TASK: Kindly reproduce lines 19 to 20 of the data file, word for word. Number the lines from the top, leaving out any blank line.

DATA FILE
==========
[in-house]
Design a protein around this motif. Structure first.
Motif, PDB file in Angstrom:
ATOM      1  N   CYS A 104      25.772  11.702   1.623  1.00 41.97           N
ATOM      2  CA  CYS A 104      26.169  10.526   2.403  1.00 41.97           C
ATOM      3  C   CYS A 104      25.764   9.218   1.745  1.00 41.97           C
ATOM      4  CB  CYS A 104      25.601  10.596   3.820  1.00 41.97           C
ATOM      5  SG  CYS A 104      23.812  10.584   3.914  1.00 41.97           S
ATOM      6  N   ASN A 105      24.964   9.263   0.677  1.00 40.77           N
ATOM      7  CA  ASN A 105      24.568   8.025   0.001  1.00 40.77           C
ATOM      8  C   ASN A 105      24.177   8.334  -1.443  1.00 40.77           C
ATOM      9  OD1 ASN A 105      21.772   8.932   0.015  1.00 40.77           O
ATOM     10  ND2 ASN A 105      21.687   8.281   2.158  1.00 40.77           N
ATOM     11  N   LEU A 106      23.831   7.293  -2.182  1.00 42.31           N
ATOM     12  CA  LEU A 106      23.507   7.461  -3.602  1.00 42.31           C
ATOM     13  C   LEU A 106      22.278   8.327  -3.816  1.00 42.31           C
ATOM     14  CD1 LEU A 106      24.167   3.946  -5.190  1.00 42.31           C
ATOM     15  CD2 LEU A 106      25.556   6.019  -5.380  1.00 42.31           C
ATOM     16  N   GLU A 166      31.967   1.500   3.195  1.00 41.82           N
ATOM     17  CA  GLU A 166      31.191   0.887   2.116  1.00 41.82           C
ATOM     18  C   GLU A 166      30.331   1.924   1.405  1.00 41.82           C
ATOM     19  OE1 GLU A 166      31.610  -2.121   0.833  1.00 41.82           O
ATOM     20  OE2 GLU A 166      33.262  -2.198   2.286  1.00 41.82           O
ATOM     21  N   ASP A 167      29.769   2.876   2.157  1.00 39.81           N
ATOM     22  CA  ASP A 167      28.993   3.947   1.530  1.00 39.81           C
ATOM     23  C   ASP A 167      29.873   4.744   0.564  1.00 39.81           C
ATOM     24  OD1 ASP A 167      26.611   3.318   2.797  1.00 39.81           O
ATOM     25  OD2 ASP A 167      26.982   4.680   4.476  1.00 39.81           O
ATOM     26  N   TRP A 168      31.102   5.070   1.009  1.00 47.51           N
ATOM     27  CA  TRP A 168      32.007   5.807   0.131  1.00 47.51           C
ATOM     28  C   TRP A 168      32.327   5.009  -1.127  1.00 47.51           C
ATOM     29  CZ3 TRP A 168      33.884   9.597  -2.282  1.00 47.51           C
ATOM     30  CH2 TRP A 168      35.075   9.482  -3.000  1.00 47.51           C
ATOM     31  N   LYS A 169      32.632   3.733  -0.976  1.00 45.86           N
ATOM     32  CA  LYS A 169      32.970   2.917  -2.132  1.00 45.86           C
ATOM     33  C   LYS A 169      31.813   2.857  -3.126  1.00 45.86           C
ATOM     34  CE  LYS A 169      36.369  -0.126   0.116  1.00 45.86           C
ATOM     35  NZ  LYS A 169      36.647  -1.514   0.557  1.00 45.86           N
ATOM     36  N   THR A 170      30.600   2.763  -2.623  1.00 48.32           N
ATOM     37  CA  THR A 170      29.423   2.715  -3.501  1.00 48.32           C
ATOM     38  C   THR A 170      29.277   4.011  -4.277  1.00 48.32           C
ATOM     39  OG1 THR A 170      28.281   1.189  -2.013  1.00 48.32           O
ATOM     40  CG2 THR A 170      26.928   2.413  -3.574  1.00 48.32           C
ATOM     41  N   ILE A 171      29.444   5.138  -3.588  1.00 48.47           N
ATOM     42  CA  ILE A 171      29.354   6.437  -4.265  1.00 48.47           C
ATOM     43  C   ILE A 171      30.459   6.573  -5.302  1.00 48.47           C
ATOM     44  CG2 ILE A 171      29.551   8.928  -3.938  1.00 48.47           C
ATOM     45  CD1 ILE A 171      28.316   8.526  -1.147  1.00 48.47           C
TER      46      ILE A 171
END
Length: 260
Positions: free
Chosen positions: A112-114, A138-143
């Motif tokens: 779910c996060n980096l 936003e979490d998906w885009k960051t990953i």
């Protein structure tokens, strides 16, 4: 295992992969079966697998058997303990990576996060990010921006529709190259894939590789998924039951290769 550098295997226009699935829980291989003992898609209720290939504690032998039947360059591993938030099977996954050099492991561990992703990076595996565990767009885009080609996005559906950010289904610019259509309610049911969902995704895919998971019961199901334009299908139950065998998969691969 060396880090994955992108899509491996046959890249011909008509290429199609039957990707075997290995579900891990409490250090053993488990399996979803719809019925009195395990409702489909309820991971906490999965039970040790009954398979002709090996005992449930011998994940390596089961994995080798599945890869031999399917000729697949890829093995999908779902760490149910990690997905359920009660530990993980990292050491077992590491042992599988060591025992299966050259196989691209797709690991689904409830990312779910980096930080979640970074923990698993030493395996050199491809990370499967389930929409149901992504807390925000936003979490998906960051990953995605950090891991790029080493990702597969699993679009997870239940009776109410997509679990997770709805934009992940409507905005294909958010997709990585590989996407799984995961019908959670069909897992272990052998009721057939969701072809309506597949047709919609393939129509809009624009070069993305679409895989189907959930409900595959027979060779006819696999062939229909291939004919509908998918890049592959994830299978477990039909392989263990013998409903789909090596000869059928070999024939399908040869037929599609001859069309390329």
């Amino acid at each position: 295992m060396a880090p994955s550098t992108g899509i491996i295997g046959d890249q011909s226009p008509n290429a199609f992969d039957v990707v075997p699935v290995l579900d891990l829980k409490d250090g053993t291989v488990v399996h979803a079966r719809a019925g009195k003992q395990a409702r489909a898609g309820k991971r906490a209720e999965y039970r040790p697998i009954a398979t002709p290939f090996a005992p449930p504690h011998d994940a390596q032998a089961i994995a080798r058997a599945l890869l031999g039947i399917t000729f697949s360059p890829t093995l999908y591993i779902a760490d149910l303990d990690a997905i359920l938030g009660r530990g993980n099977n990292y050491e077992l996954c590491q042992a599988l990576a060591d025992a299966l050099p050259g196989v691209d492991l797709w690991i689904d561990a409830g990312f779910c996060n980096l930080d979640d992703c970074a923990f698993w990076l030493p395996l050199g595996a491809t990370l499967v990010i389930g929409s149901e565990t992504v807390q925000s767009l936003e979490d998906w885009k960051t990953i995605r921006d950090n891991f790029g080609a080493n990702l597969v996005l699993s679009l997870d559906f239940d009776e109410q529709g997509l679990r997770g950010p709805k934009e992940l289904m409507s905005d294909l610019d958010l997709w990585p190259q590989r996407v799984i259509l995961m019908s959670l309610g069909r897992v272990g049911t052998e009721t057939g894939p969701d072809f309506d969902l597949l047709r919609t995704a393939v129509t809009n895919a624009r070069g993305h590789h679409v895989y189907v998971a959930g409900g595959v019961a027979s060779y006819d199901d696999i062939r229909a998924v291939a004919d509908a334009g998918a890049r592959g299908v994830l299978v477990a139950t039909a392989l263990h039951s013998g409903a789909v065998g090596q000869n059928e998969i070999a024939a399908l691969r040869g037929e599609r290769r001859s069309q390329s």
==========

ATOM     16  N   GLU A 166      31.967   1.500   3.195  1.00 41.82           N
ATOM     17  CA  GLU A 166      31.191   0.887   2.116  1.00 41.82           C